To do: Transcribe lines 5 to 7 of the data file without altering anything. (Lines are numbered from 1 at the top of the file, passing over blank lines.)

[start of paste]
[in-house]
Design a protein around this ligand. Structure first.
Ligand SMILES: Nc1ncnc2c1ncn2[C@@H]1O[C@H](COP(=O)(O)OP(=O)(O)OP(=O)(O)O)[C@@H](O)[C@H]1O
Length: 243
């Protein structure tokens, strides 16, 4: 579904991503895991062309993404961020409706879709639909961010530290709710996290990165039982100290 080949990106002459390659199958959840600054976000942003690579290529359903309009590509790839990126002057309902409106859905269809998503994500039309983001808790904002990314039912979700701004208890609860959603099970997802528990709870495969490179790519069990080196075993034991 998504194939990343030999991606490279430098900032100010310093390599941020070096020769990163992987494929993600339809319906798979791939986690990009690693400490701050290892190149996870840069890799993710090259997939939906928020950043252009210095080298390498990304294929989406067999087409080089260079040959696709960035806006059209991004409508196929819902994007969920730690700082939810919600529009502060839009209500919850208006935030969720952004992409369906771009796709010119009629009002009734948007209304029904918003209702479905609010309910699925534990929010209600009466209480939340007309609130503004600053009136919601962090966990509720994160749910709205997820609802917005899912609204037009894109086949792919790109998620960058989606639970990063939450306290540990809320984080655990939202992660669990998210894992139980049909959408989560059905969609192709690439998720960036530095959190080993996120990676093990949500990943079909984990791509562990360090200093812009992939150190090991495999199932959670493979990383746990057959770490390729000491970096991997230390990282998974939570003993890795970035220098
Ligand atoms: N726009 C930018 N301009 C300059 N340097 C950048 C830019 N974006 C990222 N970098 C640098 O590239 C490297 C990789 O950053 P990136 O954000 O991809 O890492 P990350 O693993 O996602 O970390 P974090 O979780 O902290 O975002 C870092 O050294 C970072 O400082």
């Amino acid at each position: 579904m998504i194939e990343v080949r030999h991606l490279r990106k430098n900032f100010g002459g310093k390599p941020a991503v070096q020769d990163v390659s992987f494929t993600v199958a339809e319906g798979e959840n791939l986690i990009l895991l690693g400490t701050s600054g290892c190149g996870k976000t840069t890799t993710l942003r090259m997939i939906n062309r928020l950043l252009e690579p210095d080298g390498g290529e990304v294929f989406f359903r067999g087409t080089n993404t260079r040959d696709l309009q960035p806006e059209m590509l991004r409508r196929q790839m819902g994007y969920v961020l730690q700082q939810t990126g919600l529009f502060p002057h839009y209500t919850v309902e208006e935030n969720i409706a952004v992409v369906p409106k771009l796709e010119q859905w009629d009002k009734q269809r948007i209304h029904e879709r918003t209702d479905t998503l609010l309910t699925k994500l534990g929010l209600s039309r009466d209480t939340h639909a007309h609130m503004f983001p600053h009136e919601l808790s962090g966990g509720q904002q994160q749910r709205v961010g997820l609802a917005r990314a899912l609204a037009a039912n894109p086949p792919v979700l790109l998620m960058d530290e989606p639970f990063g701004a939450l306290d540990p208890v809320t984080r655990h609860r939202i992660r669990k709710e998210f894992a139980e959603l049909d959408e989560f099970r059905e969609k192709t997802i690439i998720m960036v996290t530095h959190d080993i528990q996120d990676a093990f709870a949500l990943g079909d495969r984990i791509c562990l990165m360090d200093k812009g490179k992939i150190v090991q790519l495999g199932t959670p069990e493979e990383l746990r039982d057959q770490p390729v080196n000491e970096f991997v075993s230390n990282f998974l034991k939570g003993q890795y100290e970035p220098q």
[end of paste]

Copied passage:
């Protein structure tokens, strides 16, 4: 579904991503895991062309993404961020409706879709639909961010530290709710996290990165039982100290 080949990106002459390659199958959840600054976000942003690579290529359903309009590509790839990126002057309902409106859905269809998503994500039309983001808790904002990314039912979700701004208890609860959603099970997802528990709870495969490179790519069990080196075993034991 998504194939990343030999991606490279430098900032100010310093390599941020070096020769990163992987494929993600339809319906798979791939986690990009690693400490701050290892190149996870840069890799993710090259997939939906928020950043252009210095080298390498990304294929989406067999087409080089260079040959696709960035806006059209991004409508196929819902994007969920730690700082939810919600529009502060839009209500919850208006935030969720952004992409369906771009796709010119009629009002009734948007209304029904918003209702479905609010309910699925534990929010209600009466209480939340007309609130503004600053009136919601962090966990509720994160749910709205997820609802917005899912609204037009894109086949792919790109998620960058989606639970990063939450306290540990809320984080655990939202992660669990998210894992139980049909959408989560059905969609192709690439998720960036530095959190080993996120990676093990949500990943079909984990791509562990360090200093812009992939150190090991495999199932959670493979990383746990057959770490390729000491970096991997230390990282998974939570003993890795970035220098
Ligand atoms: N726009 C930018 N301009 C300059 N340097 C950048 C830019 N974006 C990222 N970098 C640098 O590239 C490297 C990789 O950053 P990136 O954000 O991809 O890492 P990350 O693993 O996602 O970390 P974090 O979780 O902290 O975002 C870092 O050294 C970072 O400082």
């Amino acid at each position: 579904m998504i194939e990343v080949r030999h991606l490279r990106k430098n900032f100010g002459g310093k390599p941020a991503v070096q020769d990163v390659s992987f494929t993600v199958a339809e319906g798979e959840n791939l986690i990009l895991l690693g400490t701050s600054g290892c190149g996870k976000t840069t890799t993710l942003r090259m997939i939906n062309r928020l950043l252009e690579p210095d080298g390498g290529e990304v294929f989406f359903r067999g087409t080089n993404t260079r040959d696709l309009q960035p806006e059209m590509l991004r409508r196929q790839m819902g994007y969920v961020l730690q700082q939810t990126g919600l529009f502060p002057h839009y209500t919850v309902e208006e935030n969720i409706a952004v992409v369906p409106k771009l796709e010119q859905w009629d009002k009734q269809r948007i209304h029904e879709r918003t209702d479905t998503l609010l309910t699925k994500l534990g929010l209600s039309r009466d209480t939340h639909a007309h609130m503004f983001p600053h009136e919601l808790s962090g966990g509720q904002q994160q749910r709205v961010g997820l609802a917005r990314a899912l609204a037009a039912n894109p086949p792919v979700l790109l998620m960058d530290e989606p639970f990063g701004a939450l306290d540990p208890v809320t984080r655990h609860r939202i992660r669990k709710e998210f894992a139980e959603l049909d959408e989560f099970r059905e969609k192709t997802i690439i998720m960036v996290t530095h959190d080993i528990q996120d990676a093990f709870a949500l990943g079909d495969r984990i791509c562990l990165m360090d200093k812009g490179k992939i150190v090991q790519l495999g199932t959670p069990e493979e990383l746990r039982d057959q770490p390729v080196n000491e970096f991997v075993s230390n990282f998974l034991k939570g003993q890795y100290e970035p220098q």